Earthquakes in Montreal? No way!

A small 3.8 magnitude earthquake struck about 70km northeast of Montreal. The shaking was felt in parts of Laval, Saint-Bruno-de-Montarville, and Notre-Dame-de-Grace (NDG).

Even though this was a small magnitude earthquake (on the grand scale of earthquake magnitudes), it wasn’t the first one to hit Quebec and it definitely won’t be the last. Earthquakes pose huge threats to communities living in earthquake-prone areas and cause billion-dollar losses to the economy. Canada records over 4000 earthquakes each year, approximately 11 per day. Fortunately, most of these earthquakes are not strong enough for us to feel them. For people living on the west coast of Canada, strong earthquakes are a reality and a big one is long overdue. However, eastern Canada holds its own seismic surprises. Earthquakes Canada, which is affiliated with Natural Resources Canada, monitors earthquake activity across Canada and determines the ground shaking potential of various locations across the country during an earthquake. The agency categorizes southwestern Quebec under the “High to Moderately High” seismic hazard zone, with a thirty percent chance of significant damage every 50 years.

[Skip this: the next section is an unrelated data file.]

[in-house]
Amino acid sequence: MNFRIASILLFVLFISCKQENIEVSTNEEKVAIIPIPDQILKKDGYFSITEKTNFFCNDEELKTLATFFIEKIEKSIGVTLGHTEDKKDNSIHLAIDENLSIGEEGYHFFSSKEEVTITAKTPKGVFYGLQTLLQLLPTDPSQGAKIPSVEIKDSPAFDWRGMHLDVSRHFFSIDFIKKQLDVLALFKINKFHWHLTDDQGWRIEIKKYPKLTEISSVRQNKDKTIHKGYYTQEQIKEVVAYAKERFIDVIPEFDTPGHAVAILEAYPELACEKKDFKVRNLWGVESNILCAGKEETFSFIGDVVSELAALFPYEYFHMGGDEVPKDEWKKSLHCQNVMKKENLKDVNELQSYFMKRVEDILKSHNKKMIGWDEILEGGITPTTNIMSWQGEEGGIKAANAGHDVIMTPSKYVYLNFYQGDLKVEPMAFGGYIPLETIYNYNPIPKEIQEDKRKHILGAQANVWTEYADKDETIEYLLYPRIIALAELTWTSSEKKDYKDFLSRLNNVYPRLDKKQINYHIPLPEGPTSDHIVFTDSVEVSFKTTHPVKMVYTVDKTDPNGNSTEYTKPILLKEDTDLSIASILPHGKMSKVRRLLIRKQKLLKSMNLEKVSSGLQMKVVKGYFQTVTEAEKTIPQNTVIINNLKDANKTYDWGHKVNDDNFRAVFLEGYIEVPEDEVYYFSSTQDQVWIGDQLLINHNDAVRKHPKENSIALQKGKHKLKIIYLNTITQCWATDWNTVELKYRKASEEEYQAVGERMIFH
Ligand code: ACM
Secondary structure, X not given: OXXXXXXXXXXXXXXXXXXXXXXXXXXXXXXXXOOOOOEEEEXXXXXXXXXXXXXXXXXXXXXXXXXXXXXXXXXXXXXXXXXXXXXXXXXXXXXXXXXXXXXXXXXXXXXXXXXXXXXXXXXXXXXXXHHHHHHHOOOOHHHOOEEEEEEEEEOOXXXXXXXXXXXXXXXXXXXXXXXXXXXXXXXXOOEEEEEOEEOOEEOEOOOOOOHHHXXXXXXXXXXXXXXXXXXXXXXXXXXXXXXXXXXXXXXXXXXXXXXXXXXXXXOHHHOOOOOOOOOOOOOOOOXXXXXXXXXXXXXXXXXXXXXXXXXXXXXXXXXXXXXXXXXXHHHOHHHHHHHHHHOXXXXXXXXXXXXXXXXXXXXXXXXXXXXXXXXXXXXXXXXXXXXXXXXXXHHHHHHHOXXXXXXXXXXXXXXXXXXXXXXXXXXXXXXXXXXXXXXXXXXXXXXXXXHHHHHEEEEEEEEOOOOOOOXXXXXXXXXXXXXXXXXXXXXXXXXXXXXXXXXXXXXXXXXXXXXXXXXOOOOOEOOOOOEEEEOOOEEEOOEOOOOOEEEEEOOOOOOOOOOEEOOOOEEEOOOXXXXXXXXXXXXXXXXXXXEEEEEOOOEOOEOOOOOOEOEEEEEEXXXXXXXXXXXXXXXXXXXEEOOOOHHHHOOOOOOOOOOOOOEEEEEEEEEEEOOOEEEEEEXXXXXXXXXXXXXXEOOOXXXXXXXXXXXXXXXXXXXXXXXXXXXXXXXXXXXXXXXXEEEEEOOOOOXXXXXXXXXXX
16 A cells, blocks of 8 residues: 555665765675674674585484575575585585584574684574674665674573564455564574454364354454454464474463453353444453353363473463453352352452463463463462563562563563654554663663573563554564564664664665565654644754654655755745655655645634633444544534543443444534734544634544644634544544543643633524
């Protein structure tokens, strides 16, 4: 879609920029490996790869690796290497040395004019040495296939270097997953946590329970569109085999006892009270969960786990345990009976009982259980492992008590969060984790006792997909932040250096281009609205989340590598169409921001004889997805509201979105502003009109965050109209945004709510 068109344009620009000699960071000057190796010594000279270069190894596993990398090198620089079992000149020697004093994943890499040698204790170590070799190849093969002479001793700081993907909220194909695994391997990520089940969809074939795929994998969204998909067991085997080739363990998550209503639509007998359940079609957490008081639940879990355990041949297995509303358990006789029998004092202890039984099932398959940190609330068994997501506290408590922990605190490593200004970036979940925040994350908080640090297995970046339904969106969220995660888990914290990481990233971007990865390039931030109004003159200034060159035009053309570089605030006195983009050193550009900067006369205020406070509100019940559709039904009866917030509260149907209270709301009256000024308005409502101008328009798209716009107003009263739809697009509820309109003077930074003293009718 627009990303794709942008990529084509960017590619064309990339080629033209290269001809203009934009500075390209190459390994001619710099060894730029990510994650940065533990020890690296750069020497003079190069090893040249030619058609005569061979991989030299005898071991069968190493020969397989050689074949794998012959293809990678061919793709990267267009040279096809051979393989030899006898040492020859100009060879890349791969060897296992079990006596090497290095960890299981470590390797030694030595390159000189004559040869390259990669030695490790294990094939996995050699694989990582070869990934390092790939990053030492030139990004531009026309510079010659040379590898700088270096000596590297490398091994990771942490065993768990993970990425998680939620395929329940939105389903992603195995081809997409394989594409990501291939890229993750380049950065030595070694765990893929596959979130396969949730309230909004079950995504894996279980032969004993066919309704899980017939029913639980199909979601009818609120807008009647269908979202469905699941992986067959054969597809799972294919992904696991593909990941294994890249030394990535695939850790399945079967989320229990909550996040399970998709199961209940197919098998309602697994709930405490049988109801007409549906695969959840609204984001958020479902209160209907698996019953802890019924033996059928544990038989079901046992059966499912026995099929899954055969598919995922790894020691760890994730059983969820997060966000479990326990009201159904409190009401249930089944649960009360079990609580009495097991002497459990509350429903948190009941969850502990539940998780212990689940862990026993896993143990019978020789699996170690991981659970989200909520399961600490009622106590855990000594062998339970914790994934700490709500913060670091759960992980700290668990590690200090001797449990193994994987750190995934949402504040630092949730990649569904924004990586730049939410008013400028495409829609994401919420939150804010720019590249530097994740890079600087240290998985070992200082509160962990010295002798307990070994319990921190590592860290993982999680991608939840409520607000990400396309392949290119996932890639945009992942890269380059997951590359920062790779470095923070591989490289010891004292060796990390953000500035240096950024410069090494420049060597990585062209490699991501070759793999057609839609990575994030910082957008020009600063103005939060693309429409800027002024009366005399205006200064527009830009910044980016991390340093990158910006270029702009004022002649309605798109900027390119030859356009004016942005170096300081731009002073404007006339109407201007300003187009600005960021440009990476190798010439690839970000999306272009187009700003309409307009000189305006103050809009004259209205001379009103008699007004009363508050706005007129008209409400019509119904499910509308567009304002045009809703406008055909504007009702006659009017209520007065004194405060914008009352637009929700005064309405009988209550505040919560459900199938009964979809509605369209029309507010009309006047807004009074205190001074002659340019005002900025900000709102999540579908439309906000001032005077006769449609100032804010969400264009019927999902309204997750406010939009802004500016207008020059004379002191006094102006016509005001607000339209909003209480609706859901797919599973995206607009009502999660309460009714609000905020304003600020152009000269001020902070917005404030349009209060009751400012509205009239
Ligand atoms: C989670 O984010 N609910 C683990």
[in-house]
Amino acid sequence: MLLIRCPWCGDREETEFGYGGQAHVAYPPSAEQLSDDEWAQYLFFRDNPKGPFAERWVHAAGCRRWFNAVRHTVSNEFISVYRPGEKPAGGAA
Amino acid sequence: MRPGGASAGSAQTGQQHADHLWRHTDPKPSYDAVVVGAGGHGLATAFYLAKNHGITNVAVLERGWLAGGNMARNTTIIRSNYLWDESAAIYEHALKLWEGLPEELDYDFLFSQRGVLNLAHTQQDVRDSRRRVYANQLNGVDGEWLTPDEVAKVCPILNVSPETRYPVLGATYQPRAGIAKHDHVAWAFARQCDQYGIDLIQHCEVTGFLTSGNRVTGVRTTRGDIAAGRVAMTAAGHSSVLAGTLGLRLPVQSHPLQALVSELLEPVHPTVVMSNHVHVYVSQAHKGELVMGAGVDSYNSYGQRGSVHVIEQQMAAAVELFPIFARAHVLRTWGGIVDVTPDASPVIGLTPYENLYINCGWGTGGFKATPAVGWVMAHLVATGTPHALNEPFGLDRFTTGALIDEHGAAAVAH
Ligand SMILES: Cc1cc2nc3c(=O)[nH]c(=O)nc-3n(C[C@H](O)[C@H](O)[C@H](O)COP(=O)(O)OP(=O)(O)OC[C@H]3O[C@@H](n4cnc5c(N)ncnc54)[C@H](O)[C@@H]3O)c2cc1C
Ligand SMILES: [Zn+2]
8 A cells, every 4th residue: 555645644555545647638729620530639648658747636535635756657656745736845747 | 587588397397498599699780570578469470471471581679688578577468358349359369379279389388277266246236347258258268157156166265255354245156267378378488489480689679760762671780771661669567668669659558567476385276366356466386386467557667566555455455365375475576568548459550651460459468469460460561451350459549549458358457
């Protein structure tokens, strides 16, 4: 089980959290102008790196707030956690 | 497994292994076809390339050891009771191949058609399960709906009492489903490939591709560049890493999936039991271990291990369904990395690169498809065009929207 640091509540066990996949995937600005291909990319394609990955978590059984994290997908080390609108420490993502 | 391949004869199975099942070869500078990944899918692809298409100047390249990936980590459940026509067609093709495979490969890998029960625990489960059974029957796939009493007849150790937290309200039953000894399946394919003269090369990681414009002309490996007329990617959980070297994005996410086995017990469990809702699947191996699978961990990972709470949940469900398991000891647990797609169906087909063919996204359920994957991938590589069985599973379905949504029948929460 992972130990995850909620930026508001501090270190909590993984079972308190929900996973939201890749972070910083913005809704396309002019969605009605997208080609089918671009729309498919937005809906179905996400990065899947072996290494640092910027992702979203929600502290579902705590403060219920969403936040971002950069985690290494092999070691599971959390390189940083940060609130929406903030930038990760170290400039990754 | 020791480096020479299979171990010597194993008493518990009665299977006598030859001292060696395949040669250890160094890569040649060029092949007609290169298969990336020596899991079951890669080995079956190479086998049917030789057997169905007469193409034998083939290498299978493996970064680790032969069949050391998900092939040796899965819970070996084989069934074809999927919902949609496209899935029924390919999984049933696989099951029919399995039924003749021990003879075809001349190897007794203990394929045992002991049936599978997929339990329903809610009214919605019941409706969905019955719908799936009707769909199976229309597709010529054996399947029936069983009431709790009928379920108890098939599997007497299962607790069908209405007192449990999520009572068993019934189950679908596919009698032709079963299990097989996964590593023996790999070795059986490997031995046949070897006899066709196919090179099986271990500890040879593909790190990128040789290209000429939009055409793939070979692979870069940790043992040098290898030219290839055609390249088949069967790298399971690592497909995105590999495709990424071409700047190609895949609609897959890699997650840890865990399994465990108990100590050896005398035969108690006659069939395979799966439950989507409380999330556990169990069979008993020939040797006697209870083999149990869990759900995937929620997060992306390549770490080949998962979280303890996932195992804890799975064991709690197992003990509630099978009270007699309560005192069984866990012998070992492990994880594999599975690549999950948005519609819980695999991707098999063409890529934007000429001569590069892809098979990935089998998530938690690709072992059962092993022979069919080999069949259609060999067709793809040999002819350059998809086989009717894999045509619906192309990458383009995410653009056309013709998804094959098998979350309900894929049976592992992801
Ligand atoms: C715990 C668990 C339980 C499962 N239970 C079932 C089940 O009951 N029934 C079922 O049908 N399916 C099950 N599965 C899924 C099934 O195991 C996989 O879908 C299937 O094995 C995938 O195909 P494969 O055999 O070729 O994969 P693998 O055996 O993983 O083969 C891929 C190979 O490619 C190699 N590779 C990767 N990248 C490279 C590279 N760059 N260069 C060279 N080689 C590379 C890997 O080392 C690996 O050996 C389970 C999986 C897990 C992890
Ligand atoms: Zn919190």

Epicentral earthquake locations (colored circles) in eastern Canada in five-year intervals starting in 1985. The size of the circles is scaled by their magnitudes. Only earthquakes reported as felt are shown. Animation by Dr. Andres Peña-Castro, McGill University, using data from Natural Resources Canada (NRCan)

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Science & Policy Exchange

Science & Policy Exchange

A student-run non-profit that works to foster the student voice in science policy and evidence-informed policy-making in Canada. Based in Montreal.